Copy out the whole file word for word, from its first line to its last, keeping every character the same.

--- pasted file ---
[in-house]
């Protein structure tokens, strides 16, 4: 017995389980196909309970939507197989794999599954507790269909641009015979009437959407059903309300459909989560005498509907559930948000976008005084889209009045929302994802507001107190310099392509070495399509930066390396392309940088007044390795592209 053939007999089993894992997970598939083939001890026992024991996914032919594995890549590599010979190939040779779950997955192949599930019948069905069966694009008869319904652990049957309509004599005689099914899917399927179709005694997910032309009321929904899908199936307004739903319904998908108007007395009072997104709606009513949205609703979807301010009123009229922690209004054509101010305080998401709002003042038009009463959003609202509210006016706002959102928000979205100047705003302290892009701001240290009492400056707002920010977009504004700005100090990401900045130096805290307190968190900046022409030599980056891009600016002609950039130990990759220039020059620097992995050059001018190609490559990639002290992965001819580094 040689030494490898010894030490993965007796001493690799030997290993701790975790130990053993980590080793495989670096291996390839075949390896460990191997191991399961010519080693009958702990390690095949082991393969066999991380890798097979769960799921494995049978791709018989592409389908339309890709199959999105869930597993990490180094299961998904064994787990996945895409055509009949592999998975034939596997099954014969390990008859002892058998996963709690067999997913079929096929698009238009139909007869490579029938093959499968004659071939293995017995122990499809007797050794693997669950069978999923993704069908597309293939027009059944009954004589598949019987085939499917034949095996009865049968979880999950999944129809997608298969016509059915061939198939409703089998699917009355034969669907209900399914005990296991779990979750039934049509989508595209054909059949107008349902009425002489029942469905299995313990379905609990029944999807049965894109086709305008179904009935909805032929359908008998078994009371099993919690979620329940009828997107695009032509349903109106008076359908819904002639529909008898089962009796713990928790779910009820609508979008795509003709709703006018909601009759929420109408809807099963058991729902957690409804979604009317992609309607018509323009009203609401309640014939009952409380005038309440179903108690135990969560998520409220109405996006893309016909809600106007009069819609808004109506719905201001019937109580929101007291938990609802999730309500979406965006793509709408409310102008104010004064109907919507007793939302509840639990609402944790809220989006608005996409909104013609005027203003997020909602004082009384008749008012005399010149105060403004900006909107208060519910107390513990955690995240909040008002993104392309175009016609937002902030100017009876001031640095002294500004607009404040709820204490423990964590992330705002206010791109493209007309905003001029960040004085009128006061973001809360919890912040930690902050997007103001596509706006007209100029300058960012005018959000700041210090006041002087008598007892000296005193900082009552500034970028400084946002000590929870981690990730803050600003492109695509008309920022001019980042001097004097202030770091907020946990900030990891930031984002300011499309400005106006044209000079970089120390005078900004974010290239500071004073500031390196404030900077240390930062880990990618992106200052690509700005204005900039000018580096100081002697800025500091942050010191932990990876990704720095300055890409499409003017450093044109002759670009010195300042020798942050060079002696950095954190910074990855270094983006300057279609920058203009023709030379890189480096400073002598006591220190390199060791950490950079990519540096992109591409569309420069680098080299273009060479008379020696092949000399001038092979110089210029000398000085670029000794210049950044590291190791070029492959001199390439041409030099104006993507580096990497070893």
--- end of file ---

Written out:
[in-house]
């Protein structure tokens, strides 16, 4: 017995389980196909309970939507197989794999599954507790269909641009015979009437959407059903309300459909989560005498509907559930948000976008005084889209009045929302994802507001107190310099392509070495399509930066390396392309940088007044390795592209 053939007999089993894992997970598939083939001890026992024991996914032919594995890549590599010979190939040779779950997955192949599930019948069905069966694009008869319904652990049957309509004599005689099914899917399927179709005694997910032309009321929904899908199936307004739903319904998908108007007395009072997104709606009513949205609703979807301010009123009229922690209004054509101010305080998401709002003042038009009463959003609202509210006016706002959102928000979205100047705003302290892009701001240290009492400056707002920010977009504004700005100090990401900045130096805290307190968190900046022409030599980056891009600016002609950039130990990759220039020059620097992995050059001018190609490559990639002290992965001819580094 040689030494490898010894030490993965007796001493690799030997290993701790975790130990053993980590080793495989670096291996390839075949390896460990191997191991399961010519080693009958702990390690095949082991393969066999991380890798097979769960799921494995049978791709018989592409389908339309890709199959999105869930597993990490180094299961998904064994787990996945895409055509009949592999998975034939596997099954014969390990008859002892058998996963709690067999997913079929096929698009238009139909007869490579029938093959499968004659071939293995017995122990499809007797050794693997669950069978999923993704069908597309293939027009059944009954004589598949019987085939499917034949095996009865049968979880999950999944129809997608298969016509059915061939198939409703089998699917009355034969669907209900399914005990296991779990979750039934049509989508595209054909059949107008349902009425002489029942469905299995313990379905609990029944999807049965894109086709305008179904009935909805032929359908008998078994009371099993919690979620329940009828997107695009032509349903109106008076359908819904002639529909008898089962009796713990928790779910009820609508979008795509003709709703006018909601009759929420109408809807099963058991729902957690409804979604009317992609309607018509323009009203609401309640014939009952409380005038309440179903108690135990969560998520409220109405996006893309016909809600106007009069819609808004109506719905201001019937109580929101007291938990609802999730309500979406965006793509709408409310102008104010004064109907919507007793939302509840639990609402944790809220989006608005996409909104013609005027203003997020909602004082009384008749008012005399010149105060403004900006909107208060519910107390513990955690995240909040008002993104392309175009016609937002902030100017009876001031640095002294500004607009404040709820204490423990964590992330705002206010791109493209007309905003001029960040004085009128006061973001809360919890912040930690902050997007103001596509706006007209100029300058960012005018959000700041210090006041002087008598007892000296005193900082009552500034970028400084946002000590929870981690990730803050600003492109695509008309920022001019980042001097004097202030770091907020946990900030990891930031984002300011499309400005106006044209000079970089120390005078900004974010290239500071004073500031390196404030900077240390930062880990990618992106200052690509700005204005900039000018580096100081002697800025500091942050010191932990990876990704720095300055890409499409003017450093044109002759670009010195300042020798942050060079002696950095954190910074990855270094983006300057279609920058203009023709030379890189480096400073002598006591220190390199060791950490950079990519540096992109591409569309420069680098080299273009060479008379020696092949000399001038092979110089210029000398000085670029000794210049950044590291190791070029492959001199390439041409030099104006993507580096990497070893």